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Monday, June 25, 2018

Denying health insurance for genetic conditions violates rights, says Dehi High Court

The High Court upheld a trial court order of 2017, which directed United India Insurance to pay Rs 5 lakh to the insured.

Written by Abhishek Angad | New Delhi | Updated: February 27, 2018 5:00:55 am
 Delhi High Court, genetic disorders, health insurance, health insurance guidelines, medical insurance, United India Insurance, Insurance Regulatory and Development Authority, IRDA, health news The High Court also pulled up the Insurance Regulatory and Development Authority of India (IRDA) and said that IRDA’s primary duties was the “settlement of insurance claims” and “governing and regulating” exclusions in insurance contracts. (Source: Thinkstock Images)

The Delhi High Court Monday held that excluding people with genetic disorders from obtaining health insurance or denying their claims is “discriminatory and violative” of a citizen’s right to health and “unconstitutional”.

The High Court upheld a trial court order of 2017, which directed United India Insurance to pay Rs 5 lakh to the insured. The trial court had said, “… Suffering from a genetic disorder needs medical insurance as much as others.”

Justice Pratibha M Singh on Monday said the right to avail health insurance was an “integral part” of right to health as recognised under Article 21 (right to life and personal liberty) of the Constitution.

The High Court order pertains to Jai Prakash Tayal, who suffers from Hypertrophic Obstructive Cardiomyopathy — a condition where a portion of heart thickens without an obvious cause resulting in the heart being less able to pump blood effectively.

He had taken a medical policy of Rs 5 lakh, which was renewed every year till 2012 since 2004. The plaintiff was hospitalised twice between 2004 and 2006, for which claims were honoured and payments made by United India Insurance. However, when Tayal was hospitalised again in 2011, the insurance company rejected his claim citing “genetic exclusion clauses” in the renewed contract.

Tayal had submitted that the exclusion of genetic disorders was not part of the initial policy, which he had availed, and was added in a later policy document without giving him notice. Tayal first approached the trial court, which ordered relief of Rs 5 lakh to Tayal.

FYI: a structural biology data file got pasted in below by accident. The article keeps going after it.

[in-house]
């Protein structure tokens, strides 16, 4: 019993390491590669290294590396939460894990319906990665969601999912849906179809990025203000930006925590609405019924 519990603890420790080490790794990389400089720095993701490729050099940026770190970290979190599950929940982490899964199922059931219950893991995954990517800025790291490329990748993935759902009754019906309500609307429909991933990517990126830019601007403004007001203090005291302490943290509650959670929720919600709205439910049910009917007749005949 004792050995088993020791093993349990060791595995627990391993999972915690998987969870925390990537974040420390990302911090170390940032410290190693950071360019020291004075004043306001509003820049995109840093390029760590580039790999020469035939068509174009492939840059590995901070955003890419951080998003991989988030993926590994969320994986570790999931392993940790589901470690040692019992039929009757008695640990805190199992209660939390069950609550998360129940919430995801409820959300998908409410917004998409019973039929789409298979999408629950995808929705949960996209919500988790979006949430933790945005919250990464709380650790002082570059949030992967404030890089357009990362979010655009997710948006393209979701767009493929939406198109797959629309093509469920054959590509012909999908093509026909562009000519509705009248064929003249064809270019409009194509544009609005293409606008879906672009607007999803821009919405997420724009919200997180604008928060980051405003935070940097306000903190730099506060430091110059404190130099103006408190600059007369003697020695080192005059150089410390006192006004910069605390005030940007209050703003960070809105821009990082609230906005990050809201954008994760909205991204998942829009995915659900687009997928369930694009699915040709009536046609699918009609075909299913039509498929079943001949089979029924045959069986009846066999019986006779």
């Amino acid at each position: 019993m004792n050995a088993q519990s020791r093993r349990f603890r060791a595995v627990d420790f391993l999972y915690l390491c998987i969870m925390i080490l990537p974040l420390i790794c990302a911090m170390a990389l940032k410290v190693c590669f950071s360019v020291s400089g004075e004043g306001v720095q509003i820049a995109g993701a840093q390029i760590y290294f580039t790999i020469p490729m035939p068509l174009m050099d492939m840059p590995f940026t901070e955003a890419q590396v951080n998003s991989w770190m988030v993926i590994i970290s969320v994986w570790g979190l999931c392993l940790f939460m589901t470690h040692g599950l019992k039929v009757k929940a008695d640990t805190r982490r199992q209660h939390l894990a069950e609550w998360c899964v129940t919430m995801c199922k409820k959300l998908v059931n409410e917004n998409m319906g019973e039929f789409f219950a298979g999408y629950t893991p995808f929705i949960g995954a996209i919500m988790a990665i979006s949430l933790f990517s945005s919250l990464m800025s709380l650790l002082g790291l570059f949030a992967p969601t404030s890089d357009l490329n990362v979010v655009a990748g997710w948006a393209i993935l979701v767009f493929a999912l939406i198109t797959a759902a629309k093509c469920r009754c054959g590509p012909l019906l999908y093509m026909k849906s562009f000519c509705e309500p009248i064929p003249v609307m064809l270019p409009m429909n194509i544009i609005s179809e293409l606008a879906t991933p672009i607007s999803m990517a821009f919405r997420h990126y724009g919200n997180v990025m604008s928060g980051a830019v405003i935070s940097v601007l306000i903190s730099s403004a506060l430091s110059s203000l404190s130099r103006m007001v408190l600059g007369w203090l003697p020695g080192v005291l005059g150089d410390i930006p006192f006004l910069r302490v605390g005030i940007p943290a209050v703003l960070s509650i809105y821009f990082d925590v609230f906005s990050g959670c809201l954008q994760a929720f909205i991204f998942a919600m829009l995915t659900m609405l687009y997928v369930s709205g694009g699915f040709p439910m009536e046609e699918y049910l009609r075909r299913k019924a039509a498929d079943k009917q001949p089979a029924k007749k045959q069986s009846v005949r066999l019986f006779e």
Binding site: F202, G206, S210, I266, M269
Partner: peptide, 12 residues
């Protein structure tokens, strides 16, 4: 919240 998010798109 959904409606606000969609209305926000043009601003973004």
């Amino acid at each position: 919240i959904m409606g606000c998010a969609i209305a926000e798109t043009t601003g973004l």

On exclusion based on genetic disposition, the High Court said there were different types of genetic disorders and “even common diseases” like diabetes and cardiac diseases which could be included in the broad definition, making “exclusion vulnerable”.

“In effect, it would mean that large swathes of population would be excluded from availing health insurance which could have a negative impact on the health of a country. Thus it is necessary to determine the legality of such an exclusion in insurance policies… Without doing genetic testing and prescribing what is the kind of genetic disorder which is excluded, applying a general exclusion would lead to arbitrariness,” observed the High Court.

The High Court also pulled up the Insurance Regulatory and Development Authority of India (IRDA) and said that IRDA’s primary duties was the “settlement of insurance claims” and “governing and regulating” exclusions in insurance contracts.

“Thus, IRDA ought to have supervised the manner in which the term genetic disorders is being misused by insurance companies to reject genuine claims. Obviously the IRDA turned a blind eye to the functioning of insurance companies,” the High Court said.

The High Court also said that insurance companies were free to structure their contracts based on “reasonable and intelligible” factors which should not be arbitrary. “Such contracts have to be based on empirical testing and data and cannot be simply on the basis of subjective and vague factors . It is for the lawmaker to take necessary steps in this regard. However, the broad exclusion of genetic disorders from insurance contracts/claims is illegal and unconstitutional.

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